• Cash refunds or charges to petty cash made without proper documentation or approval
  • Incomplete or false customer information
  • Sequentially number receipts or invoices are missing
  • Employees receiving gifts from customers or vendors
  • Inventory counts are altered to match perpetual inventory
  • Inventory shortages cannot be explained
  • Differences in the physical and perpetual inventory charged to cost of sales
  • False credits to inventory to conceal unrecorded or understated sales
  • No source documents to justify inventory write-offs
  • Returned merchandise not returned to inventory
  • Unverified write-offs to accounts receivable
  • Sales reports not matched to shipping documents
  • Customer always waits for favorite employee to serve them
  • High number of altered or voided transactions

Business operations:

  • Shortages in inventory cannot be explained
  • Variances in general ledger accounts cannot be explained
  • Vertical analysis of profit and loss is unusual
  • Increased cost of sales without explanation
  • Diminishing cash and cash flow
  • Increased accounts payable and receivable
  • Increasing reclassification of income and expenses

Investigating suspected fraud:

  • Protect any evidence (records) that could be destroyed
  • Move quickly and quietly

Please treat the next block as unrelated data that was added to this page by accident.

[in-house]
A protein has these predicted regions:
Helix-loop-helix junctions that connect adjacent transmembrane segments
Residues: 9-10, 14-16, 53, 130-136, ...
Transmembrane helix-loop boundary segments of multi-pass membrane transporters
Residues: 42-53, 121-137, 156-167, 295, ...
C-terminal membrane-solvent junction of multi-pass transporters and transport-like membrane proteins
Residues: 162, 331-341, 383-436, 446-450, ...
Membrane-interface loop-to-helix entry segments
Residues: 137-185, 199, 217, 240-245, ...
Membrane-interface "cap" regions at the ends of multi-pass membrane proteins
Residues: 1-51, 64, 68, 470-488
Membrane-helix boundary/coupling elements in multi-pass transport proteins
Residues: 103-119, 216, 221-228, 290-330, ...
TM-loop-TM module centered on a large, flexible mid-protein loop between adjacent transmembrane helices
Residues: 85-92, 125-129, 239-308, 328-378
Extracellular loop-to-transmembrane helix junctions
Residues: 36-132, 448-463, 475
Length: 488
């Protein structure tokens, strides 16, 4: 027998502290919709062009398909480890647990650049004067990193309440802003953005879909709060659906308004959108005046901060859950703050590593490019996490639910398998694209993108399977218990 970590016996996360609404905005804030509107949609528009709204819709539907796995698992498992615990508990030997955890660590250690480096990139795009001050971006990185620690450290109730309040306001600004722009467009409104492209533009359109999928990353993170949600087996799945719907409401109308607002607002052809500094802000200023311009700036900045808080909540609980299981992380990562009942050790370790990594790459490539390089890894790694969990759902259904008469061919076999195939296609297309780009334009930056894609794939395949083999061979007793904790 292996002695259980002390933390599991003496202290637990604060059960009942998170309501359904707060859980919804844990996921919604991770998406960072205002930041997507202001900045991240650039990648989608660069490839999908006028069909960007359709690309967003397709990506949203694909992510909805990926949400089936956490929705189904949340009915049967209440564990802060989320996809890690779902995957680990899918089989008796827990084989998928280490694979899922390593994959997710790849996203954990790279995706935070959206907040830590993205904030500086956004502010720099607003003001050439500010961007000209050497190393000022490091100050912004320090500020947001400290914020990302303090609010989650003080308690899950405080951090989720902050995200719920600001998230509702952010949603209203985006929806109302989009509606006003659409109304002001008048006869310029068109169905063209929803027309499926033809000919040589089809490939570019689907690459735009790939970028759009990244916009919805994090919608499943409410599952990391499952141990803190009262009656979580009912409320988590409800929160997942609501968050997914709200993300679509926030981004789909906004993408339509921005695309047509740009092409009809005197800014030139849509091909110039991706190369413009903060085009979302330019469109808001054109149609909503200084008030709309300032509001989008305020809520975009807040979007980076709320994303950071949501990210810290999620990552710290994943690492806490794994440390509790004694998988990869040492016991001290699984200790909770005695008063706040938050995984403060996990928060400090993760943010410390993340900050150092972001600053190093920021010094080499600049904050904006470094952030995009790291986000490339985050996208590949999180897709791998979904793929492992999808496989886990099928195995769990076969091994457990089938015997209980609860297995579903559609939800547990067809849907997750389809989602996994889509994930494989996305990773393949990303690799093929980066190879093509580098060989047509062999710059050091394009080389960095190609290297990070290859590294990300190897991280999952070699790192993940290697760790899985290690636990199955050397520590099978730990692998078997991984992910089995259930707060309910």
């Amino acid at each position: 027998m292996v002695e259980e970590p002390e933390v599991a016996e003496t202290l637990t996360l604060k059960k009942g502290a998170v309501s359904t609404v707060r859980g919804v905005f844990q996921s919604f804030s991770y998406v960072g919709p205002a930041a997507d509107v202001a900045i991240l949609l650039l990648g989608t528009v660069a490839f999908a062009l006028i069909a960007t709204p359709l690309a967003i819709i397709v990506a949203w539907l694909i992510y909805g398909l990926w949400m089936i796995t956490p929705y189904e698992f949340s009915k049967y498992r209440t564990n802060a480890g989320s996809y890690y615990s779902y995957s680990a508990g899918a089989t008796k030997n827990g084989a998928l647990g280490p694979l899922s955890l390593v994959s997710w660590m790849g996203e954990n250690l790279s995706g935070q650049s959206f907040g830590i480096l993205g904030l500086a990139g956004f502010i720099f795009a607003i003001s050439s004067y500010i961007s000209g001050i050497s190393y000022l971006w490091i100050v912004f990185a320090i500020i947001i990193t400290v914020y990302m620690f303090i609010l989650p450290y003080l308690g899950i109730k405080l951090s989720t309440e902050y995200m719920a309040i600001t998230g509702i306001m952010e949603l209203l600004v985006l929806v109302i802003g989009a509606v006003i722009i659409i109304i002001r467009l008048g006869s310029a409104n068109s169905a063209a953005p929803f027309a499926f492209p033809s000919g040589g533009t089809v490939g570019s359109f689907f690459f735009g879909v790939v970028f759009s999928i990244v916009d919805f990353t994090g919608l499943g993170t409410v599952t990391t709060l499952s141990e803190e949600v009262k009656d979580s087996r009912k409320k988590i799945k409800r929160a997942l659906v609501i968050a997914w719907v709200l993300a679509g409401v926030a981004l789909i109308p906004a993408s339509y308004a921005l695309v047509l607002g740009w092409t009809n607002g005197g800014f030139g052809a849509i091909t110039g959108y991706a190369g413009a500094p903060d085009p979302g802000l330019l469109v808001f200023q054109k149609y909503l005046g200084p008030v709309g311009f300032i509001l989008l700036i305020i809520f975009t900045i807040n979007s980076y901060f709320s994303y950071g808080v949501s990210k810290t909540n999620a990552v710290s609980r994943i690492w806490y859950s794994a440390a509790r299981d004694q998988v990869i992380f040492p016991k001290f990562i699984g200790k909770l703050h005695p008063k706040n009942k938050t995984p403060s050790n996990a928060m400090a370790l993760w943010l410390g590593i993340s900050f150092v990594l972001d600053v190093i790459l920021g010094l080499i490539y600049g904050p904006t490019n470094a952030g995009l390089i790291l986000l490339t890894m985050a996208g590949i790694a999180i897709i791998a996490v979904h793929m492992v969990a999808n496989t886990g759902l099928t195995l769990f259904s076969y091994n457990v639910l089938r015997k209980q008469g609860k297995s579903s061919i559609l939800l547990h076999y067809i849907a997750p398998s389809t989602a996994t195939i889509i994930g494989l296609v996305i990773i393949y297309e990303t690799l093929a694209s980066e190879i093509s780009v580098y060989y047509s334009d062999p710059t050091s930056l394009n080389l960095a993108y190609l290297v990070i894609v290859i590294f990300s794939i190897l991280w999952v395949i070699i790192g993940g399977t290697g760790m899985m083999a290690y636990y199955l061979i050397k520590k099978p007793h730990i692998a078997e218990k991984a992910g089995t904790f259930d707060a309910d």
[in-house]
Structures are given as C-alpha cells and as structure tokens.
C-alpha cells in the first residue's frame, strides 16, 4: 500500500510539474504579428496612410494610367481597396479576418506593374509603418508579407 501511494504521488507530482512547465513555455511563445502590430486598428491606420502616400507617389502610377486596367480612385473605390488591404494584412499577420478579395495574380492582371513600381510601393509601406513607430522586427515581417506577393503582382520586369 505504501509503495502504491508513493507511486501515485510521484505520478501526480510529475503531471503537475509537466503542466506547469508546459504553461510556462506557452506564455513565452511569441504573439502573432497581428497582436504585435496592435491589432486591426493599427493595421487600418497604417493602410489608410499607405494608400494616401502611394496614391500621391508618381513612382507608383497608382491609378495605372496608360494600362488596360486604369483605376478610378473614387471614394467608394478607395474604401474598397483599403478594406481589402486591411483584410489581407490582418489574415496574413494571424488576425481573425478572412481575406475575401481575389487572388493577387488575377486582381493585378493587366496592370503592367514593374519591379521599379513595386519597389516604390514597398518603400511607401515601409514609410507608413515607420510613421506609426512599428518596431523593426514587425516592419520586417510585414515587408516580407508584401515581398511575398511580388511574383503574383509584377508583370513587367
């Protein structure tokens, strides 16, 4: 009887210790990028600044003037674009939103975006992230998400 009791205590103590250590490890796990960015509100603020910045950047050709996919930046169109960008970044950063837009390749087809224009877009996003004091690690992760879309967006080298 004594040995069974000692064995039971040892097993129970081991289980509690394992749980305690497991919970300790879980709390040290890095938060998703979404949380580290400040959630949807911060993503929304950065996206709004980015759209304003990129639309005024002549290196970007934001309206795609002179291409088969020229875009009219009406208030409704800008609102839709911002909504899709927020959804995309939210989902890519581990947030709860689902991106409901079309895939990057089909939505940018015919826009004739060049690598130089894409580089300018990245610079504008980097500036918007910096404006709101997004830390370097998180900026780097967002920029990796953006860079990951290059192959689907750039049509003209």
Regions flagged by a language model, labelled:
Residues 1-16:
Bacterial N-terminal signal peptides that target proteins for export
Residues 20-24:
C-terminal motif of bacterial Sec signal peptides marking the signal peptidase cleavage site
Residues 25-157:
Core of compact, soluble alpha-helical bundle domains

• Retain competent, experienced counsel, certified fraud examiner, and auditor
  • Do not believe the perpetrator will ever tell you the entire truth
  • All employees involved with the dishonesty should be interviewed without notice
  • Organization should decide upon the penalties, termination? Prosecution?
  • Do not react emotionally
  • Do not reveal your suspicions to the perpetrator(s)
  • Do not change operational procedures until suspicion is confirmed
  • immediately protect Fidelity Insurance Coverage

Detection of fraud:

  • Investigate all customer complaints
  • Where segregation is not possible, diligently monitor
  • Require two signatures for payments over a specified amount
  • Insist the bank return canceled checks
  • Insist two people reconcile bank statements
  • Create the perception of detection
  • Compare receipts with deposits
  • Reconcile all accounts monthly (entries and canceled checks)
  • Review unusual endorsements on checks
  • Perform surprise cash counts
  • Compare credit memos by period
  • Match shipping documents, sales invoices, and customer orders
  • Match deposits between accounts
  • Use the computer to analyze: missing invoices by number, numerical sequence of documents, sales volume by employee, or returned merchandise by employee
  • Segregate incompatible duties, custody of assets and accounting for assets, and control over revenue and expenses
  • Require authorization for disposing of assets
  • Purchase Fidelity Coverage Insurance

Summary of the perpetrator:

  • The theft was easier to commit after the first time
  • The theft has been continuous
  • Is currently experiencing a high level of stress (concern for the consequences)
  • Most frequently it is the person you trust the most
  • Has the technical skills to pull off the theft secretly
  • The activity is clandestine
  • The activity violates the employee's fiduciary duties to the organization
  • Initially, they intended to repay the money "borrowed"
  • In the beginning, they usually kept track of the theft
  • Recognizes they will never be able to repay the money
  • The stolen assets are rarely recovered